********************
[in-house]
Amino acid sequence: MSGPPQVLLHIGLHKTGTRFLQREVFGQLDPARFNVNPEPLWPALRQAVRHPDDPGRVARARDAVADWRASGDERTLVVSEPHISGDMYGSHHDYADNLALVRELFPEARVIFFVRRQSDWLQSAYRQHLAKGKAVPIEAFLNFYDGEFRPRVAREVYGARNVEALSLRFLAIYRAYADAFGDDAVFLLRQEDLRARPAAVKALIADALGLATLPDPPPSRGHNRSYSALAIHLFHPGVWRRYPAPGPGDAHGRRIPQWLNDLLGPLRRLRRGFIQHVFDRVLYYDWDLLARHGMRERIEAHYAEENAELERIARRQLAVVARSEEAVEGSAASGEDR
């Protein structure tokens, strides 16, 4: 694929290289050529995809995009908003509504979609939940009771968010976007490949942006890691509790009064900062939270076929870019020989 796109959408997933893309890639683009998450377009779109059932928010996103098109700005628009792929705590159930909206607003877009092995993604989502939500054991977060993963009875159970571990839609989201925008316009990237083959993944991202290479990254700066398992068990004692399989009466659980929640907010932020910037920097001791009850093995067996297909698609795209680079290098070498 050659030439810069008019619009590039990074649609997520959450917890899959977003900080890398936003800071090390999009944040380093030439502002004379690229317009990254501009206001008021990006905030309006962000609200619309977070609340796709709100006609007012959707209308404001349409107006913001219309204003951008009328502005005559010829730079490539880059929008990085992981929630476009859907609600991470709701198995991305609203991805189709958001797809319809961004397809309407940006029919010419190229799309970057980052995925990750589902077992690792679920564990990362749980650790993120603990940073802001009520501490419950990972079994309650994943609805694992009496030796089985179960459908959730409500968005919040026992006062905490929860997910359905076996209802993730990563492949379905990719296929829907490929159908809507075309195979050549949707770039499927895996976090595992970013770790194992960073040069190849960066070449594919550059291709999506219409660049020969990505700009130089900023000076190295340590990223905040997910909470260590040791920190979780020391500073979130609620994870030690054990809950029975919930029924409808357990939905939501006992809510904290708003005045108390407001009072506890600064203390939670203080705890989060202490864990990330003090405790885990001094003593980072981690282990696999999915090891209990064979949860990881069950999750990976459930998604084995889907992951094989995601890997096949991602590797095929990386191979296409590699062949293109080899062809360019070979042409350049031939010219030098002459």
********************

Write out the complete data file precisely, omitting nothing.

[in-house]
Amino acid sequence: MSGPPQVLLHIGLHKTGTRFLQREVFGQLDPARFNVNPEPLWPALRQAVRHPDDPGRVARARDAVADWRASGDERTLVVSEPHISGDMYGSHHDYADNLALVRELFPEARVIFFVRRQSDWLQSAYRQHLAKGKAVPIEAFLNFYDGEFRPRVAREVYGARNVEALSLRFLAIYRAYADAFGDDAVFLLRQEDLRARPAAVKALIADALGLATLPDPPPSRGHNRSYSALAIHLFHPGVWRRYPAPGPGDAHGRRIPQWLNDLLGPLRRLRRGFIQHVFDRVLYYDWDLLARHGMRERIEAHYAEENAELERIARRQLAVVARSEEAVEGSAASGEDR
């Protein structure tokens, strides 16, 4: 694929290289050529995809995009908003509504979609939940009771968010976007490949942006890691509790009064900062939270076929870019020989 796109959408997933893309890639683009998450377009779109059932928010996103098109700005628009792929705590159930909206607003877009092995993604989502939500054991977060993963009875159970571990839609989201925008316009990237083959993944991202290479990254700066398992068990004692399989009466659980929640907010932020910037920097001791009850093995067996297909698609795209680079290098070498 050659030439810069008019619009590039990074649609997520959450917890899959977003900080890398936003800071090390999009944040380093030439502002004379690229317009990254501009206001008021990006905030309006962000609200619309977070609340796709709100006609007012959707209308404001349409107006913001219309204003951008009328502005005559010829730079490539880059929008990085992981929630476009859907609600991470709701198995991305609203991805189709958001797809319809961004397809309407940006029919010419190229799309970057980052995925990750589902077992690792679920564990990362749980650790993120603990940073802001009520501490419950990972079994309650994943609805694992009496030796089985179960459908959730409500968005919040026992006062905490929860997910359905076996209802993730990563492949379905990719296929829907490929159908809507075309195979050549949707770039499927895996976090595992970013770790194992960073040069190849960066070449594919550059291709999506219409660049020969990505700009130089900023000076190295340590990223905040997910909470260590040791920190979780020391500073979130609620994870030690054990809950029975919930029924409808357990939905939501006992809510904290708003005045108390407001009072506890600064203390939670203080705890989060202490864990990330003090405790885990001094003593980072981690282990696999999915090891209990064979949860990881069950999750990976459930998604084995889907992951094989995601890997096949991602590797095929990386191979296409590699062949293109080899062809360019070979042409350049031939010219030098002459």